When it comes to structured poetry, there are all sorts of different styles, devices, and ideas for what can make a structure. The palindrome is one of the word-play structures like a found poem, or a cinquain. The palindrome bases itself around the idea that you can read something forwards and backwards, and get something interesting and unique both ways.
What is a Palindrome
A palindrome, in general, is something that is read the same forwards and backwards. For example the name “Hannah” is a palindrome with the reflective point between the two Ns. “Madd Addam” is another palindrome, with the reflective point as the A in Addam. Just like those are palindromes, so is the sentence “You can see can you?” with the reflective point around “see.”
Poets have taken this concept and adapted it; while they keep the same letters on both sides, the meaning changes. Just like “You can see can you” has two sides, “You can see” and “can you?” the poems are developed into two different messages using just one set of words and letters.
Types of Palindromes
The most common on the internet are ‘letter’ palindromes: “Anna”, “Was it a car or a cat I saw,” and “racecar.”
However, in poetry they are much more diverse. A palindrome can make a mirror from the smallest size, letters, all the way up to entire stanzas. To understand how I am going to be naming these different types, bear with the mirror metaphor.
If we look at “Anna,” putting a mirror between the Ns makes a direct translation. This is what I will call a word palindrome, or a ‘letter reflection’ because the individual letters are what we move to make the palindrome.
Now let’s take a look at this example:
“We can be
as we want
we can be”
This is an example of a ‘stanza’ palindrome because if we were to make these two stanzas, the reflection is around “as we want” and the entire lines are repeated exactly as they were the first time. It could also be considered a ‘line reflection’ because the entire line is taken and over the reflection.
Here’s another example:
“Suddenly I saw
her. Bells in hair
hair in bells, her
saw I suddenly”
In this case we have a line palindrome because the lines are flipped. Each line has a reflection so the last word becomes the first word. These are also called ‘word reflections’ because the individual words of the lines are taken and reflected.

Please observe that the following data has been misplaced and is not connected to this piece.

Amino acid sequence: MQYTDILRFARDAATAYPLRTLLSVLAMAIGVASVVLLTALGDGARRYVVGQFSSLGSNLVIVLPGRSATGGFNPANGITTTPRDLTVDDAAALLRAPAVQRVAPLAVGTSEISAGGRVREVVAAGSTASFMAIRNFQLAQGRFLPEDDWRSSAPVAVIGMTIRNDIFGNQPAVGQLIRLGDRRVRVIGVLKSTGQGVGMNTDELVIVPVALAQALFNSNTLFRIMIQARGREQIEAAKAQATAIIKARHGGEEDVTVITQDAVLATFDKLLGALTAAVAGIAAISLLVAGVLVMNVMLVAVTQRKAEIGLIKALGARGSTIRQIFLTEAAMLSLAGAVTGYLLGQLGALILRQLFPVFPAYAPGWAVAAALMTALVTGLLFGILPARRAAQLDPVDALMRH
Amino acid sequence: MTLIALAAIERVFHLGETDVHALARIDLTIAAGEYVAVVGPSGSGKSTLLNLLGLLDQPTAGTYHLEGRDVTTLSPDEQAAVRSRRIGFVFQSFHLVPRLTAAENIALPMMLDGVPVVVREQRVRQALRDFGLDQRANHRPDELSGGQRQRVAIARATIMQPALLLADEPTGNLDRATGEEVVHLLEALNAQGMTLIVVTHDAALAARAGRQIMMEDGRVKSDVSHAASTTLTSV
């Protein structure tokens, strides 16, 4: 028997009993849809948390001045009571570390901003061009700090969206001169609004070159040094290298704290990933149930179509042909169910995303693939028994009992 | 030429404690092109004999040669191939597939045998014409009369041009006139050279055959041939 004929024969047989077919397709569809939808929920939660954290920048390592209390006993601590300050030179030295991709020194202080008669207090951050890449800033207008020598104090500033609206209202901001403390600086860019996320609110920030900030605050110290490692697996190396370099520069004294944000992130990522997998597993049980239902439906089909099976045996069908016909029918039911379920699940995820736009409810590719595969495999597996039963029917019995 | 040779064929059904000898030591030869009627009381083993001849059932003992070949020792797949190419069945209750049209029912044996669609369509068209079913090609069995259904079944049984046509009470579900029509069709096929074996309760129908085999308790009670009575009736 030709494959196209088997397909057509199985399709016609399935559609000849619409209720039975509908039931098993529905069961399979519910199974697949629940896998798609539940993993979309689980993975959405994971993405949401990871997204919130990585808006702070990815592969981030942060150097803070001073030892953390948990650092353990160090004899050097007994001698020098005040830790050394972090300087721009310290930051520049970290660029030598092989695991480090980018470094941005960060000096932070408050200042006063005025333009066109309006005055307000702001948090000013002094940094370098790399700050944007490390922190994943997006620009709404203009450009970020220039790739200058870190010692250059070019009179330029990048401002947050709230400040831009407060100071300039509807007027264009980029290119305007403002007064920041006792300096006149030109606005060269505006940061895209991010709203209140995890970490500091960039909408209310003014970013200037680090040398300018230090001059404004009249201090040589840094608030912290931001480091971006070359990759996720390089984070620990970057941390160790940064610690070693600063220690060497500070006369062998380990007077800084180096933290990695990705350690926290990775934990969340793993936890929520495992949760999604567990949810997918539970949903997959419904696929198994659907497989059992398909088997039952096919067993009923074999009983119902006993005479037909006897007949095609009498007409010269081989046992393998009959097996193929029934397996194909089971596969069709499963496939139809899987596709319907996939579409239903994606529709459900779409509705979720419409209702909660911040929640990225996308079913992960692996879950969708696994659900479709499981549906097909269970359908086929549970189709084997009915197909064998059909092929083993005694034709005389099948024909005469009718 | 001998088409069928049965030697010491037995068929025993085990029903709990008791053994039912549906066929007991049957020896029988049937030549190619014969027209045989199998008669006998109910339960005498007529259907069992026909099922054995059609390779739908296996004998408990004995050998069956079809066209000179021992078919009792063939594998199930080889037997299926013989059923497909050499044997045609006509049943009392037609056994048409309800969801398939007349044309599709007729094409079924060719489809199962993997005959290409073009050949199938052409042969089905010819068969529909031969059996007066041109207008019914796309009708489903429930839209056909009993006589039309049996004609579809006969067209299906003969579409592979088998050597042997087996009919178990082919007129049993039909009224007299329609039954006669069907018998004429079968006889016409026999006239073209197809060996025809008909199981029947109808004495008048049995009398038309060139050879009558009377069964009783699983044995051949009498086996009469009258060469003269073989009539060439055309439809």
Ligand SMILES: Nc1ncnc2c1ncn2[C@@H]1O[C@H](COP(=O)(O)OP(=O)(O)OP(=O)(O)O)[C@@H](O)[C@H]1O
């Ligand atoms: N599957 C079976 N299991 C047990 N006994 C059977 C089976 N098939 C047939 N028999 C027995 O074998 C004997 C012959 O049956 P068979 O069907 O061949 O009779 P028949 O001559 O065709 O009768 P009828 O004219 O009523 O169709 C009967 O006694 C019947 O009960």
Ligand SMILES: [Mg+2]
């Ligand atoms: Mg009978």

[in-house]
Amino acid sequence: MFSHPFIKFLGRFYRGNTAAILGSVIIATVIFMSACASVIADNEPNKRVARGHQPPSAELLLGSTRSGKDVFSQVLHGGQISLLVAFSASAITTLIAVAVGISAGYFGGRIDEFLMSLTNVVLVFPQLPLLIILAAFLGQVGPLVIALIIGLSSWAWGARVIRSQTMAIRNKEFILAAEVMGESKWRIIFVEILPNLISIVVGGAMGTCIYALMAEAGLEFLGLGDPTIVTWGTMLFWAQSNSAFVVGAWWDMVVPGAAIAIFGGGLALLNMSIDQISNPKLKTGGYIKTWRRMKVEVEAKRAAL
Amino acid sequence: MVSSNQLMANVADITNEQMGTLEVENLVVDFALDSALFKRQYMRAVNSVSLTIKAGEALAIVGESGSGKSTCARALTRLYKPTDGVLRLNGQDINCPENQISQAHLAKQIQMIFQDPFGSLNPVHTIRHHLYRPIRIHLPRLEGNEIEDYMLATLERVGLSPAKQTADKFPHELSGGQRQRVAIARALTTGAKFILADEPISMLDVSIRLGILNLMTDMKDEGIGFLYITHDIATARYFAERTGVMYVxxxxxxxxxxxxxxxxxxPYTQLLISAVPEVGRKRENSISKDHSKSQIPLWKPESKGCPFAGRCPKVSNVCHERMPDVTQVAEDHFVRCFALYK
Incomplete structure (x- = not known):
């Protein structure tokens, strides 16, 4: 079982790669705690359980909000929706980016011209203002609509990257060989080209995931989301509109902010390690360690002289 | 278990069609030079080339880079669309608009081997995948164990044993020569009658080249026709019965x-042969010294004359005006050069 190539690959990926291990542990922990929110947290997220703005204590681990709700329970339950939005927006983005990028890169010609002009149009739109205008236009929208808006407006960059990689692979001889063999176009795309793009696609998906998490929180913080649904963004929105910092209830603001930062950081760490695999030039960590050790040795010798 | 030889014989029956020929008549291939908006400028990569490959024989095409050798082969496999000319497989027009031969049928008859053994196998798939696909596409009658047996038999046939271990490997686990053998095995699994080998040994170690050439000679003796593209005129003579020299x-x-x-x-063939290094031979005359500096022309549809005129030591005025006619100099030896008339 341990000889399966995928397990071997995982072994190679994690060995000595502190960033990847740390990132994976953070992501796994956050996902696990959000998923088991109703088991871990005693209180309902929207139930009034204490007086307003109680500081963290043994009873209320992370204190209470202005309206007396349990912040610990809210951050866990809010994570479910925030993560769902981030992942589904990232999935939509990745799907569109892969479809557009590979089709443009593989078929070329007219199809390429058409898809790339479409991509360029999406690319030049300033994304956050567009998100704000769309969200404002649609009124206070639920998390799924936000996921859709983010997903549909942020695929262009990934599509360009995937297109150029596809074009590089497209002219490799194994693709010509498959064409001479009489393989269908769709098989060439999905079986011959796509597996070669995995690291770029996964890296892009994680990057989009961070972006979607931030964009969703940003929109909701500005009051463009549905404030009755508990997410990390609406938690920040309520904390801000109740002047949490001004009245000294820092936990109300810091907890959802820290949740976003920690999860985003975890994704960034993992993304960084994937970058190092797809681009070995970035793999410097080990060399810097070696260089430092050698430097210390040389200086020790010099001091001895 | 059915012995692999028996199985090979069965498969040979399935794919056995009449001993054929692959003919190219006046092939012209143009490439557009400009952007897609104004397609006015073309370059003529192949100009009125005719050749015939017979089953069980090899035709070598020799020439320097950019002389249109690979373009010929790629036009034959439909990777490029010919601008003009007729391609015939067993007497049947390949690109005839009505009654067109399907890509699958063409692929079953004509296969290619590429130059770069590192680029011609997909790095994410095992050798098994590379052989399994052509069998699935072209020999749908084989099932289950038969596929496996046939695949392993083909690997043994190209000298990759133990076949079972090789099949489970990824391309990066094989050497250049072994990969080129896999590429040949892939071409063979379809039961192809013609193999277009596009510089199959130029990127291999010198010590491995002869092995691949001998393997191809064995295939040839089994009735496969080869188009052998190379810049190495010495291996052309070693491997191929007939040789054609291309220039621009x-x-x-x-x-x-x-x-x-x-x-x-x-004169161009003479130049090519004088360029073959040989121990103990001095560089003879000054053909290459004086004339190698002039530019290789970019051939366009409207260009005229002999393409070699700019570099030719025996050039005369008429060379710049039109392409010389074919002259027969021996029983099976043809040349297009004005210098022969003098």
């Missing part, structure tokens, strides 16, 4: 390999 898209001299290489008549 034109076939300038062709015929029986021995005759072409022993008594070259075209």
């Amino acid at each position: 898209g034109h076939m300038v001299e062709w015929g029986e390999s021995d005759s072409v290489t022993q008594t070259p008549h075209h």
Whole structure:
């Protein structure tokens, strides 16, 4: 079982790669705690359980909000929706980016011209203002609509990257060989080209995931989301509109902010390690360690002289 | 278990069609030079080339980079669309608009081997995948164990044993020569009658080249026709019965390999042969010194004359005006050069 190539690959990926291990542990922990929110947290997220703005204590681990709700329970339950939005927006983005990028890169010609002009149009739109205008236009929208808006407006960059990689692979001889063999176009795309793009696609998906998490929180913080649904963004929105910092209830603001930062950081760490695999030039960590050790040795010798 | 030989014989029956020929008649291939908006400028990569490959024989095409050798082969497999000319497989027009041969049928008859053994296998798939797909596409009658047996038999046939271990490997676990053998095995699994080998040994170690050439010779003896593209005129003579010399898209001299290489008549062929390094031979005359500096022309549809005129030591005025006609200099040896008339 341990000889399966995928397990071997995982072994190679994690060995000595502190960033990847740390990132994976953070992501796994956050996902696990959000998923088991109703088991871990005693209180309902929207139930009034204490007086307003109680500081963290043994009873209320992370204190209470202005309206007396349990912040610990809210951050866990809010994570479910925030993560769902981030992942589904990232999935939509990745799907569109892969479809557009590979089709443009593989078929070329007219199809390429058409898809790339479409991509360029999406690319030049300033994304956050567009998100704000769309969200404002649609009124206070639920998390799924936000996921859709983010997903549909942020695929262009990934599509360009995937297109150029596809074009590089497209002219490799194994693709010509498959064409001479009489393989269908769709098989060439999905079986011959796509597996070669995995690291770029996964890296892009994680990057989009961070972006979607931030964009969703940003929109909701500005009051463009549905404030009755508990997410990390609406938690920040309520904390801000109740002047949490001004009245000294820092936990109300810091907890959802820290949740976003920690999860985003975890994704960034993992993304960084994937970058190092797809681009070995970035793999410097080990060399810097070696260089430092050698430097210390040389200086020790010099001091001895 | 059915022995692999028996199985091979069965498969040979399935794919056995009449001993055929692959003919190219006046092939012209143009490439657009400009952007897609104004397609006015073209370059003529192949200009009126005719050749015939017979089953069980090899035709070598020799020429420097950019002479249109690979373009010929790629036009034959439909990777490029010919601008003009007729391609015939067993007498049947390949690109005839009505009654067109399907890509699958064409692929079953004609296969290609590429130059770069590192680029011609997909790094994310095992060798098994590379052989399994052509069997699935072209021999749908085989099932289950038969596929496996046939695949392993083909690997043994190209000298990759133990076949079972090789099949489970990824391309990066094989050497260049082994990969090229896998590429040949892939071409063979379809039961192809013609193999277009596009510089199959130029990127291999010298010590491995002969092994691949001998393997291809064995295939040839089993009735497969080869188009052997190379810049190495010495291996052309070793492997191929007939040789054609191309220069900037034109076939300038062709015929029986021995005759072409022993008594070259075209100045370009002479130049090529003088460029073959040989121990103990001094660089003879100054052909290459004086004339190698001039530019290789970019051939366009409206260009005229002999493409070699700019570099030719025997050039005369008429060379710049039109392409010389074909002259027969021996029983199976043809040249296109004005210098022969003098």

So to explain this better, each time we call something an x reflection, we are talking about the smallest unit that is reflected. If we talk about an x palindrome, we’re talking about what is created when we flip it.
A word palindrome is a letter reflection
A line palindrome is a word reflection
A stanza palindrome is a line reflection
There are still more types of palindromes out there than just these three!
Another type of palindrome that is popular is a palindrome with a cue for the reader to read it backwards. These can be tricky because it requires breaking the fourth wall, or directly addressing and suggesting your reader do something. Still, it can be really popular, and most of them are stanza palindromes.
Through some debate palindromes thus have become something that is read both forwards and backwards, whether it is intended to be read straight through once, or by reading the lines backwards once you reach the end of the poem. The complexity of the palindrome is completely subject to the choice of the writer.
The best way to indicate that something is a palindrome is to simply put “Palindrome” in the title somewhere, whether it is “Our Lives: A Palindrome” or “Palindrome 1” it can help indicate that it is supposed to be a palindrome. Another method is to add it into an author’s note in the poem.
In palindromes, grammar goes out the window. It is not necessary to mirror anything other than the words. This is part of how palindromes work in poetry. The idea is to create something new even though we are reading the same words. This comes in handy if we’re reading a poem that is a stanza palindrome where the lines are just repeated because we can give it a new intonation with removing, adding, or substituting characters.
This does not mean we can erase words or add words.
Editing palindromes can be tricky because what you do on one side of the reflection, if you include the reflection, you have to do on the other. The best way to edit a palindrome is to pick a side and make that side as good as you can while reading and checking the other side for clarity.
When you finish with one side, do the reverse and see if there is a way to compromise between the two sides. The best palindromes are the ones where you don’t even notice there was a reversal.